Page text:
The call-and-response that plays such a huge role in the song’s structural appeal is tackled by Greenwich and her backing crew with full-tilt vitality, and then it’s followed by a stretch of vocal intensity that’s magnified by the singer’s total control. She’s spitting out syllables like a woman possessed, but underneath it all is the poise of an expert pop scientist.
The instrumentation is also massive. While the horns and strings bring the necessary shading, it’s really the rhythm section that pulls off the finest trick, with the bass playing becoming immediately infectious. But best of all is the production; interestingly, Crewe doesn’t favor Greenwich in the mix but places everything on the same level. This might seem strange, but it sounds magnificent. As the song unwinds it connects far less like a polished studio confection and much more like audio captured from the floor of some majestic discotheque.
That it’s not always discernible what Greenwich is saying actually adds to the appeal. Plus, the call-and-response feels like it’s coming from a delirious crowd, and it’s easy to want to join right in. As stated above, inexplicable; but on the other hand, at least in pop terms the lamentations that a song should’ve been bigger can be a little hard to justify. At the time of this 45’s modest success, record buyers were doing what they always do; dropping coin on all kinds of discs that naturally ran the gamut from outstanding to execrable.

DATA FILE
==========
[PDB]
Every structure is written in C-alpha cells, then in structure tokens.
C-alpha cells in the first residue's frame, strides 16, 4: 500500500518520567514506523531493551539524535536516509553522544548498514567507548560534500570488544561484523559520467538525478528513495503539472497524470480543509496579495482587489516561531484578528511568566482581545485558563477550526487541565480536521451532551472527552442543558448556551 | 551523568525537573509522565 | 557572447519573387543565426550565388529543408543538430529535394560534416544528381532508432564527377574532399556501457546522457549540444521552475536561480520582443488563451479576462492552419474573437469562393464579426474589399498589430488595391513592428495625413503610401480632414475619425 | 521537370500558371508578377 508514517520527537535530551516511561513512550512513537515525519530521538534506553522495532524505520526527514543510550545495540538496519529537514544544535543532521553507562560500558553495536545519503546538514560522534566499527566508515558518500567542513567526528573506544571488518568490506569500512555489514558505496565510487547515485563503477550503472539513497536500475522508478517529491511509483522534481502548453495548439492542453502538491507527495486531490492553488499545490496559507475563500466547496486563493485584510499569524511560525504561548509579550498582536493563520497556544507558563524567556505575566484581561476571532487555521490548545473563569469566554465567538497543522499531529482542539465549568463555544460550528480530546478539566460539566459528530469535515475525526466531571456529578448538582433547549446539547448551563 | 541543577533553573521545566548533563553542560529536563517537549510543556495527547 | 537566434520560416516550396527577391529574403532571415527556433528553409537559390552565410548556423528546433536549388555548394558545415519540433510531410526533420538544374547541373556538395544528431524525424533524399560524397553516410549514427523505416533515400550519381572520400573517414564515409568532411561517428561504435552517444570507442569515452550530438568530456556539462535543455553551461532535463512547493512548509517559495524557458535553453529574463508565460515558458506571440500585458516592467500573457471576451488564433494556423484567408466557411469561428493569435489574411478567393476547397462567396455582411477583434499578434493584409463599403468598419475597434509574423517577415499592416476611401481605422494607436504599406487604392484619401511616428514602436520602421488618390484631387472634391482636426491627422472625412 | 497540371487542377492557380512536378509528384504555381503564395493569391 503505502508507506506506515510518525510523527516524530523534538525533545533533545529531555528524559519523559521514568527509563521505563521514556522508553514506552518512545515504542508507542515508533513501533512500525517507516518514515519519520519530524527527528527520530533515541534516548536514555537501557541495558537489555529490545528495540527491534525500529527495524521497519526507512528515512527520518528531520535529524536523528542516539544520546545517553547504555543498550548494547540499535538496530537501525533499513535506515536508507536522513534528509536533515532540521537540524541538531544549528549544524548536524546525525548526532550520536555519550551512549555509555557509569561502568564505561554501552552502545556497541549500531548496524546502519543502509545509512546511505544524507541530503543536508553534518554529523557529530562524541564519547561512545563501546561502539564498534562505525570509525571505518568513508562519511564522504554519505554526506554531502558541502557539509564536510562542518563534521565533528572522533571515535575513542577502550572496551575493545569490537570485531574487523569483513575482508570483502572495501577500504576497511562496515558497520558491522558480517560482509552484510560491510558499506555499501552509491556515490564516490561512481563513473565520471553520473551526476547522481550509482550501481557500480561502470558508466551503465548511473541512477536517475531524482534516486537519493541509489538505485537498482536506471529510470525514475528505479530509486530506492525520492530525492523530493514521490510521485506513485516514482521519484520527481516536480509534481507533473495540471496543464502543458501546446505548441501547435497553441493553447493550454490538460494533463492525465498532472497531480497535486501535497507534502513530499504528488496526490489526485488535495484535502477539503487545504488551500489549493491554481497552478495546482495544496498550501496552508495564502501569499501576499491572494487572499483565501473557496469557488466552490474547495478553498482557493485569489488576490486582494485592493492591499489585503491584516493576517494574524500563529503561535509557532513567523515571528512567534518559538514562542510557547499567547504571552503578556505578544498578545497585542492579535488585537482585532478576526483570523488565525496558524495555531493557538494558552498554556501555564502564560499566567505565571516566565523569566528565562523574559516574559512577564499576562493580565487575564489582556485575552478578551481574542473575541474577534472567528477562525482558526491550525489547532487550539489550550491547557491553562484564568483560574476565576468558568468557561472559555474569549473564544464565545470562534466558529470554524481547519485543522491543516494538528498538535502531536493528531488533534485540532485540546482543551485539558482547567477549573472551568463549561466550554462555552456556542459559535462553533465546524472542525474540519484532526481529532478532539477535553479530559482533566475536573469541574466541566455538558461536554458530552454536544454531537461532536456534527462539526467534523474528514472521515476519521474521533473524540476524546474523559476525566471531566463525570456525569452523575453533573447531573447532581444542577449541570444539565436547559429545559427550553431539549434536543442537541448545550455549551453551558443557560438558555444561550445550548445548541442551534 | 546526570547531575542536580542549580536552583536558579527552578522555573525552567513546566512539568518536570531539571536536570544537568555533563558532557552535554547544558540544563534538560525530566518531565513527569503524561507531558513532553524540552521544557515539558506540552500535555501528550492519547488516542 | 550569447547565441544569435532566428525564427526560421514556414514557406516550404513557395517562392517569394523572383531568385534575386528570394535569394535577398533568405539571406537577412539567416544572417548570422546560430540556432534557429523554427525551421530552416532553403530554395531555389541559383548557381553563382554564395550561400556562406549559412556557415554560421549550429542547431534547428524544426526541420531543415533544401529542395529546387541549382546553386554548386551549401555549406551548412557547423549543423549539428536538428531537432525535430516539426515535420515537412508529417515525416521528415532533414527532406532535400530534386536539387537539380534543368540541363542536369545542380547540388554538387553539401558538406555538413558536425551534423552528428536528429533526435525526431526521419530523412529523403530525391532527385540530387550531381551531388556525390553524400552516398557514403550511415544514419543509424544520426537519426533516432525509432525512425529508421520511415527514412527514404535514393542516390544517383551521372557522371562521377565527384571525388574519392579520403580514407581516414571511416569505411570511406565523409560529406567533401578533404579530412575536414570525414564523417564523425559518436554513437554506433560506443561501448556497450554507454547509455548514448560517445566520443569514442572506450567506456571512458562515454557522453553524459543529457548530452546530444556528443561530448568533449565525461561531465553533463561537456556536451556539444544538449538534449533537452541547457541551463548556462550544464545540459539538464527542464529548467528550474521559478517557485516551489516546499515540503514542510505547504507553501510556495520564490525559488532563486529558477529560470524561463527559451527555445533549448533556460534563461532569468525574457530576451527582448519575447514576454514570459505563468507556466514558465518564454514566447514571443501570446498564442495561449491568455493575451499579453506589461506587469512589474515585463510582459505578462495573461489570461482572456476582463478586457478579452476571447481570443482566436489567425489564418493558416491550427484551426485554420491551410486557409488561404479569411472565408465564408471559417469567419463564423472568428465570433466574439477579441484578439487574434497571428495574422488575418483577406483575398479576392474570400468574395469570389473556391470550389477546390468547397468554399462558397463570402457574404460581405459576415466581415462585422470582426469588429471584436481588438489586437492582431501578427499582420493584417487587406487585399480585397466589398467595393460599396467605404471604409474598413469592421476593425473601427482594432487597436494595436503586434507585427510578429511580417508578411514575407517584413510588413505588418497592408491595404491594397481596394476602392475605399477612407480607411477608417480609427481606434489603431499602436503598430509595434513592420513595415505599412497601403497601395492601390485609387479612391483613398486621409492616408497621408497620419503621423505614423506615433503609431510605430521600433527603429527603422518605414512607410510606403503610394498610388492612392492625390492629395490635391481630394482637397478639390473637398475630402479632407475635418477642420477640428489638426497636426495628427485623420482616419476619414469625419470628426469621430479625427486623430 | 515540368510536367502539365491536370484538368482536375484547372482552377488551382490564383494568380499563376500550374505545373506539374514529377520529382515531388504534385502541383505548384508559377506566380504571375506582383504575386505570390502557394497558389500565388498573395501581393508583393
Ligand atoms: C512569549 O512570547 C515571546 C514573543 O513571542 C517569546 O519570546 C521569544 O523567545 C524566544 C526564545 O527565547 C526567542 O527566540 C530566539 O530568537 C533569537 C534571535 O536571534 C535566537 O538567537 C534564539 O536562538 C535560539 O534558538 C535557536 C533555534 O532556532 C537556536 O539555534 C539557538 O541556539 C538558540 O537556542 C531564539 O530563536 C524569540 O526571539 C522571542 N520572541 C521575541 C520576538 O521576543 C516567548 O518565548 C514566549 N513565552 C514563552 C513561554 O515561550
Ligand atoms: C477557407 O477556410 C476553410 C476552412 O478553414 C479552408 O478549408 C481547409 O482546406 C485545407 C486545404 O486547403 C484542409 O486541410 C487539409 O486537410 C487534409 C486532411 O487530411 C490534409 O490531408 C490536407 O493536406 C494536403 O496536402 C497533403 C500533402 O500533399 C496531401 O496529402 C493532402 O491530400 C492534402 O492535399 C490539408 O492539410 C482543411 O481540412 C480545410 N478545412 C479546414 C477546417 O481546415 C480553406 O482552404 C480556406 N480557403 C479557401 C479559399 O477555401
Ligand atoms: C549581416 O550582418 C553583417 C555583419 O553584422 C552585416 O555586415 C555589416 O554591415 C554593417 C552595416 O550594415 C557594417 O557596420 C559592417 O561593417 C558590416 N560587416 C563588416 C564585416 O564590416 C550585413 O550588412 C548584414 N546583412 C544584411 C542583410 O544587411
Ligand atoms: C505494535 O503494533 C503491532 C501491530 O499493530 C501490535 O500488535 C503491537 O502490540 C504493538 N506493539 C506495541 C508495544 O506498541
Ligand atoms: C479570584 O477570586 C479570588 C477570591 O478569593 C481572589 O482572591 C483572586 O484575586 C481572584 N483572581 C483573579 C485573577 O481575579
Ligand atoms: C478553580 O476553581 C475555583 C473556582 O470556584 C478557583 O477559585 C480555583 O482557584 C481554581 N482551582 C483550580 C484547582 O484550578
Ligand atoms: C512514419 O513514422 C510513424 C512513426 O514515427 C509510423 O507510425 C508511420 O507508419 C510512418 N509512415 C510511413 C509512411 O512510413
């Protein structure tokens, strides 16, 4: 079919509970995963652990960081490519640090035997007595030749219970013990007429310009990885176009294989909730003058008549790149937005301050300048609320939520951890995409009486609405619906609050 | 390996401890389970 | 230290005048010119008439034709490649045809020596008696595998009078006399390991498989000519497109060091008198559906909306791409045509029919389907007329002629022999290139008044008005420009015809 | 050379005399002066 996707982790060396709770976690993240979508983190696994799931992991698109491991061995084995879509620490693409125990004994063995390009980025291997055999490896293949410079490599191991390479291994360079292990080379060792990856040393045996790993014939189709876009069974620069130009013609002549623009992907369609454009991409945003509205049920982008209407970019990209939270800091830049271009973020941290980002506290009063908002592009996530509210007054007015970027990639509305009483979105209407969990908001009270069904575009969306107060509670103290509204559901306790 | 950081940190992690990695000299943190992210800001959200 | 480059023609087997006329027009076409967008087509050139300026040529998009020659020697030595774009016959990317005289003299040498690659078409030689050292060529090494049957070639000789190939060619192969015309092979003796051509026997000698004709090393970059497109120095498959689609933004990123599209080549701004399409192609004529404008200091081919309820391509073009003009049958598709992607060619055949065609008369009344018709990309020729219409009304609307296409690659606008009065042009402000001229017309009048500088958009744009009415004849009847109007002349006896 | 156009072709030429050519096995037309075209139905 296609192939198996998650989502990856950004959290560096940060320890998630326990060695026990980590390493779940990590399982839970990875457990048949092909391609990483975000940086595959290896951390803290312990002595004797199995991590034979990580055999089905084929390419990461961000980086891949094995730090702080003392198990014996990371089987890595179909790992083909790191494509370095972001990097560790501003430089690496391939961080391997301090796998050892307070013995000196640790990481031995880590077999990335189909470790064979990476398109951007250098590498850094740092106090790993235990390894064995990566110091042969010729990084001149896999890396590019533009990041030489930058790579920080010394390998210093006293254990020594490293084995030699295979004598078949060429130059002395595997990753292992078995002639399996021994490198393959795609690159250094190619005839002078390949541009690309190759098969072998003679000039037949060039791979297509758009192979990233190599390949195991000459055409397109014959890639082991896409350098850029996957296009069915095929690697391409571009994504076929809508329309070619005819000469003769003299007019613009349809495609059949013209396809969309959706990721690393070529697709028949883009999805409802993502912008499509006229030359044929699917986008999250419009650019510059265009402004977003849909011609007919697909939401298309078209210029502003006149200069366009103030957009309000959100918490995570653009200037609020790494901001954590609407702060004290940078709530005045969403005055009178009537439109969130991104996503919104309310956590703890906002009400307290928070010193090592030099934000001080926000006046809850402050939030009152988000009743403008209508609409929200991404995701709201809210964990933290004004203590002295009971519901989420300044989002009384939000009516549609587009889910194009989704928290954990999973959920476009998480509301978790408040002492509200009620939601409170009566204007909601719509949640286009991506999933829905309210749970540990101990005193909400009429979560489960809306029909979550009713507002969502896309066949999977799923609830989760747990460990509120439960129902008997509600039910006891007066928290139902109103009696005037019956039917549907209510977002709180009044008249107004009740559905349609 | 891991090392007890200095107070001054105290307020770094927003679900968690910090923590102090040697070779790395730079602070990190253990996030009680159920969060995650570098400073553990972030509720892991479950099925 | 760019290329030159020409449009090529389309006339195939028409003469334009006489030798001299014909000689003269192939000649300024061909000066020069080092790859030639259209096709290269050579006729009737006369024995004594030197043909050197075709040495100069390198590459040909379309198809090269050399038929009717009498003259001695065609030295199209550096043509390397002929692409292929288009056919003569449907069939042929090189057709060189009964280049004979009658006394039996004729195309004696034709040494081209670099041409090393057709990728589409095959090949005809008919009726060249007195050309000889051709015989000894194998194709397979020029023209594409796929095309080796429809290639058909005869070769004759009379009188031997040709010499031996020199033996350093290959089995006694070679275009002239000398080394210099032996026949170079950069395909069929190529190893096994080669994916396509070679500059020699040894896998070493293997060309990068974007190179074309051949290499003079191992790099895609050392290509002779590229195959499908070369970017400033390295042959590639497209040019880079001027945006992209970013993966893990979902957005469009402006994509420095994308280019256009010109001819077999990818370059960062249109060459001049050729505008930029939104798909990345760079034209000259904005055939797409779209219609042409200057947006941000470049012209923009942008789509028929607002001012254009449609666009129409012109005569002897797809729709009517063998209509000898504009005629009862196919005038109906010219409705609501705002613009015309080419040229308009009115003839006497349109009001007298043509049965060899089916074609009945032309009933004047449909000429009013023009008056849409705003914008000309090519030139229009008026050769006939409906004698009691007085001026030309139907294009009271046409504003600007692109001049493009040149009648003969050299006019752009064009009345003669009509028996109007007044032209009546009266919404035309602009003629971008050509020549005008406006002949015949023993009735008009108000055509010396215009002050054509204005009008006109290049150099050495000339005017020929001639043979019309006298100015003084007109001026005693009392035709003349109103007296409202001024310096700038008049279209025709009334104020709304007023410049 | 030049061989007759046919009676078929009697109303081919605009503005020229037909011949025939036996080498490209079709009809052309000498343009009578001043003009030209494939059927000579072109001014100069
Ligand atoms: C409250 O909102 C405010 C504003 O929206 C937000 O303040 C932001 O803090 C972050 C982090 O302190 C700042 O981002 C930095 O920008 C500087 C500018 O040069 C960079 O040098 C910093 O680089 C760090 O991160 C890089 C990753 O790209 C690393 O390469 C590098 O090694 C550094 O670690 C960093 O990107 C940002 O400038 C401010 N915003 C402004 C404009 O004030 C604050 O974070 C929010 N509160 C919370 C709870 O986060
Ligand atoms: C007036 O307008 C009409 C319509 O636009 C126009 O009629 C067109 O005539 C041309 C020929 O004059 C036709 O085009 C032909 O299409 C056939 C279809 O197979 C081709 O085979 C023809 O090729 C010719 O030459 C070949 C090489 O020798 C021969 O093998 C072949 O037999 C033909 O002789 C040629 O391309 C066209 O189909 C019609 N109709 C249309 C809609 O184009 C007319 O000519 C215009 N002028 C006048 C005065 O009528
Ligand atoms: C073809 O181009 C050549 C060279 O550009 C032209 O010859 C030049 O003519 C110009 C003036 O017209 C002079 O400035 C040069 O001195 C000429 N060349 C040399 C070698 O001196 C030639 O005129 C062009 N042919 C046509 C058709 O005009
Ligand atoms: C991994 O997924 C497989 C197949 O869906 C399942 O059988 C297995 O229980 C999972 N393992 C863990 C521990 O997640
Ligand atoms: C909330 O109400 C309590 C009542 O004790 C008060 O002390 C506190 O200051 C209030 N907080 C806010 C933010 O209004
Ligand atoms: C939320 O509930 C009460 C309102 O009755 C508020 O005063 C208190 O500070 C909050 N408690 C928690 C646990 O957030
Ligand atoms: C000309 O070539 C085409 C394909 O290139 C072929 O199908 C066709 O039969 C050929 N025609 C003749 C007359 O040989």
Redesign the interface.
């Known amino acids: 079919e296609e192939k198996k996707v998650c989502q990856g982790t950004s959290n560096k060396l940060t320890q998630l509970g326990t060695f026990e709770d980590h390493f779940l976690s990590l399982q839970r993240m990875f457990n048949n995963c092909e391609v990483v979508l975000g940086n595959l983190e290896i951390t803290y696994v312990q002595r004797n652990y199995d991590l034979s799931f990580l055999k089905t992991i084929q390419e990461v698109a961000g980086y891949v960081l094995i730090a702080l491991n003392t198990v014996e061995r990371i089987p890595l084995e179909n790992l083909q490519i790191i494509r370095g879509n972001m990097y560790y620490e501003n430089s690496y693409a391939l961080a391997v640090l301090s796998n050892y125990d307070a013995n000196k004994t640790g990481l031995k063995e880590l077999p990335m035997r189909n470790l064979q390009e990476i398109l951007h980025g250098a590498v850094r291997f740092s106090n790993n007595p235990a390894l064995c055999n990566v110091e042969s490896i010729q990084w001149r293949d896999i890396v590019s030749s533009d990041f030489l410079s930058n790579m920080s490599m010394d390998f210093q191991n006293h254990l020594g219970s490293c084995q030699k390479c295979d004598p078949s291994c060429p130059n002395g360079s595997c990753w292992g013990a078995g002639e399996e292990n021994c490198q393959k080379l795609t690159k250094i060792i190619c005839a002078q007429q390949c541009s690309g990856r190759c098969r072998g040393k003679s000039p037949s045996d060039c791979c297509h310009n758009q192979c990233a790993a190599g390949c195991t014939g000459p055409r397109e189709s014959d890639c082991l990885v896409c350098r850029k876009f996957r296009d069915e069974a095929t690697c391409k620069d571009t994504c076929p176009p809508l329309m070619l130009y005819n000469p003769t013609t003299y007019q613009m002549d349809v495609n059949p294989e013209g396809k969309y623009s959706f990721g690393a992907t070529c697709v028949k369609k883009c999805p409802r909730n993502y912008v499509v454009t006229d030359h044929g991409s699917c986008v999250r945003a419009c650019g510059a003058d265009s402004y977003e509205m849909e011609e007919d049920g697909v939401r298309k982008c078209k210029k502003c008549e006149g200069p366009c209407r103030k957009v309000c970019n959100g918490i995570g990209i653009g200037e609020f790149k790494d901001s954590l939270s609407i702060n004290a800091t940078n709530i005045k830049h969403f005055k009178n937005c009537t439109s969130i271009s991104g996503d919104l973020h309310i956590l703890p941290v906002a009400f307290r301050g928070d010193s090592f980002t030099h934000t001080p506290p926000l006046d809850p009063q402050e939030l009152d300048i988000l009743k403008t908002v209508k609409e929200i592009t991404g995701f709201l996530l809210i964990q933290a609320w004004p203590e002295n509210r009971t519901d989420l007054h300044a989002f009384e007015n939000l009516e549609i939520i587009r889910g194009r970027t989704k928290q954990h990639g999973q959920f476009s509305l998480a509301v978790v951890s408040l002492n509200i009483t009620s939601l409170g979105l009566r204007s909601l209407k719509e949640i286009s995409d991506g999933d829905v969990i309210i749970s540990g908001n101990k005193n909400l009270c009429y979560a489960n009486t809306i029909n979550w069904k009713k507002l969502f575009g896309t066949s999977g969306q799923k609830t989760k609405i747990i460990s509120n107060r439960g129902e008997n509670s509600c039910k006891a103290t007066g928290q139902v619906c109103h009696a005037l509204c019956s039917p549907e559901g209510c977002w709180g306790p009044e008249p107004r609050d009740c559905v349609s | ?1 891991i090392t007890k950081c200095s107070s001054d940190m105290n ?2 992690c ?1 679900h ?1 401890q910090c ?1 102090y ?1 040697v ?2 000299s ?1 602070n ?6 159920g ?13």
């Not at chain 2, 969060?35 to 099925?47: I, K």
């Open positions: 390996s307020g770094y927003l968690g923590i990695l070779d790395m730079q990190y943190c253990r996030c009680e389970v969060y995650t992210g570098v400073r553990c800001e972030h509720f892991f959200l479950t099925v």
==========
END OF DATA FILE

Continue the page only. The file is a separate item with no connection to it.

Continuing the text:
The flip side “Goodnight, Goodnight (What’s So Good About It?),” is a pleasant enough slice of ambitious gal-fronted production-pop, but it’s very much a B-side. “I Want You to Be My Baby” is the meat of the matter. And if you stumble upon a copy of her ’68 album Composes, Produces and Sings, don’t snatch it up on the basis of the tune’s inclusion; the version found there is an inferior, much tamer recording.
While it does include the terrific “Niki Hoeki” (#1 hit in Japan!) and the richly soulful “A Long Time Coming,” that LP is rather scattershot overall, with much attention paid to the Middle of the Road. Only spring for it if found super-cheap. Unless the Middle of the Road is your thing, and then by all means spend away.
The plug side of Ellie Greenwich’s 45 is very far from any broken white line, however. And since the single was a high-profile issue from a large label, persistent digging might actually uncover a copy that’s not too pricey. It’s a classic heard far too seldom, and it serves to considerably broaden a body of work that’s already quite extraordinary.